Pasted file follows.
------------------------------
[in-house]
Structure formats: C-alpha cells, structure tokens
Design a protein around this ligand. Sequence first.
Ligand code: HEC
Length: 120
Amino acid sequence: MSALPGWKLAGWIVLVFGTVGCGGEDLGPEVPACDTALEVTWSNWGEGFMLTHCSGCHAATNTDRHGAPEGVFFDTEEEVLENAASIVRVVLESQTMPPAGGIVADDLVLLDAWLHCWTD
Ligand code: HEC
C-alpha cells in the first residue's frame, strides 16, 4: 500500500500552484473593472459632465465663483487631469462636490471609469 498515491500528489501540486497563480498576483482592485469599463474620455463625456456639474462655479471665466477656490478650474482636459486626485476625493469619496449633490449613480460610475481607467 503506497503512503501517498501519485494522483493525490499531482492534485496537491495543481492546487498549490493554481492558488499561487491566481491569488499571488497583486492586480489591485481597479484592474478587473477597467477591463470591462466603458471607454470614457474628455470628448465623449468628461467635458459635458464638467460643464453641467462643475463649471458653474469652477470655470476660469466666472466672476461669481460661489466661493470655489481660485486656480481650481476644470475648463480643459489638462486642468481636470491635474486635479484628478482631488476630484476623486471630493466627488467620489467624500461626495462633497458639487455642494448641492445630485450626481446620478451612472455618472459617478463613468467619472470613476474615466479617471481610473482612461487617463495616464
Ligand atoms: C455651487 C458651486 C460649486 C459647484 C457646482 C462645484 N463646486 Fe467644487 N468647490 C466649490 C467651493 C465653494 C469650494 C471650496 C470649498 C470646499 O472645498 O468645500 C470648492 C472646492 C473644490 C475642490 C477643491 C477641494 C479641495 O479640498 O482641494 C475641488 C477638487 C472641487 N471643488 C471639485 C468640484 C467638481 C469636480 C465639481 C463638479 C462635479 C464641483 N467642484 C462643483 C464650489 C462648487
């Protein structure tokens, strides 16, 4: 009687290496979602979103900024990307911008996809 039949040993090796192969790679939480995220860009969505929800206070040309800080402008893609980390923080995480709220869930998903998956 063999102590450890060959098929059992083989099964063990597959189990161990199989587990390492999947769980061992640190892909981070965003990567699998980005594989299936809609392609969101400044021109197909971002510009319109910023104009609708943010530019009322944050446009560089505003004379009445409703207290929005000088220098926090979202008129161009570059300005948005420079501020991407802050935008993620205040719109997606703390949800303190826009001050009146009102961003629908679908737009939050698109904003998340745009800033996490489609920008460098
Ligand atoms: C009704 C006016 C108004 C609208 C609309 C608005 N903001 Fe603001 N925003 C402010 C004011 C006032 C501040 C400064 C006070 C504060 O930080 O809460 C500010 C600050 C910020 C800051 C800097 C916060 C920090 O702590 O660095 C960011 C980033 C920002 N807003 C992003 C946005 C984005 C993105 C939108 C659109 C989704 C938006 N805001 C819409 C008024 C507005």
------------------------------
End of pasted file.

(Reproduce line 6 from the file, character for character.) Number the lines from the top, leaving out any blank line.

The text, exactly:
Amino acid sequence: MSALPGWKLAGWIVLVFGTVGCGGEDLGPEVPACDTALEVTWSNWGEGFMLTHCSGCHAATNTDRHGAPEGVFFDTEEEVLENAASIVRVVLESQTMPPAGGIVADDLVLLDAWLHCWTD